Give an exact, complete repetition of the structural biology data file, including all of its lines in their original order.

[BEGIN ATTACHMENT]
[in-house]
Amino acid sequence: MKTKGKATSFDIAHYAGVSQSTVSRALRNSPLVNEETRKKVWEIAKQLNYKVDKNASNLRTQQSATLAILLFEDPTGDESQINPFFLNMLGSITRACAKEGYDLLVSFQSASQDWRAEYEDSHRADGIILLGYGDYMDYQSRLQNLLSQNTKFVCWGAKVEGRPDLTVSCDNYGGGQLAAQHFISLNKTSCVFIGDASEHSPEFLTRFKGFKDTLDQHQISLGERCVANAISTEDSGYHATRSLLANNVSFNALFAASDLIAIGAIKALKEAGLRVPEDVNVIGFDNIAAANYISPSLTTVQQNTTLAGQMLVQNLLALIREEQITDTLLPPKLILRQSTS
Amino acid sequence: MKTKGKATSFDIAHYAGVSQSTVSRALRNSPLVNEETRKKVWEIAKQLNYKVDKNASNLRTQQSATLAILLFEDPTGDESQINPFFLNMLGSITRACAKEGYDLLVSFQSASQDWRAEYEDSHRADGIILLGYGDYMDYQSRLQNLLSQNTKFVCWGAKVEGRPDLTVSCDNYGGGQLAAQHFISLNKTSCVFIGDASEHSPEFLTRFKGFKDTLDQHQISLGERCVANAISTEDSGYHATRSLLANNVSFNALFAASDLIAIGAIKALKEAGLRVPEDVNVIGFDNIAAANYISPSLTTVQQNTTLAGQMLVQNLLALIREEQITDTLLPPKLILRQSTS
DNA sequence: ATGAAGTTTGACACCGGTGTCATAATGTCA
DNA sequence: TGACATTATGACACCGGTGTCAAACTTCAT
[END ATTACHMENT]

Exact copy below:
[in-house]
Amino acid sequence: MKTKGKATSFDIAHYAGVSQSTVSRALRNSPLVNEETRKKVWEIAKQLNYKVDKNASNLRTQQSATLAILLFEDPTGDESQINPFFLNMLGSITRACAKEGYDLLVSFQSASQDWRAEYEDSHRADGIILLGYGDYMDYQSRLQNLLSQNTKFVCWGAKVEGRPDLTVSCDNYGGGQLAAQHFISLNKTSCVFIGDASEHSPEFLTRFKGFKDTLDQHQISLGERCVANAISTEDSGYHATRSLLANNVSFNALFAASDLIAIGAIKALKEAGLRVPEDVNVIGFDNIAAANYISPSLTTVQQNTTLAGQMLVQNLLALIREEQITDTLLPPKLILRQSTS
Amino acid sequence: MKTKGKATSFDIAHYAGVSQSTVSRALRNSPLVNEETRKKVWEIAKQLNYKVDKNASNLRTQQSATLAILLFEDPTGDESQINPFFLNMLGSITRACAKEGYDLLVSFQSASQDWRAEYEDSHRADGIILLGYGDYMDYQSRLQNLLSQNTKFVCWGAKVEGRPDLTVSCDNYGGGQLAAQHFISLNKTSCVFIGDASEHSPEFLTRFKGFKDTLDQHQISLGERCVANAISTEDSGYHATRSLLANNVSFNALFAASDLIAIGAIKALKEAGLRVPEDVNVIGFDNIAAANYISPSLTTVQQNTTLAGQMLVQNLLALIREEQITDTLLPPKLILRQSTS
DNA sequence: ATGAAGTTTGACACCGGTGTCATAATGTCA
DNA sequence: TGACATTATGACACCGGTGTCAAACTTCAT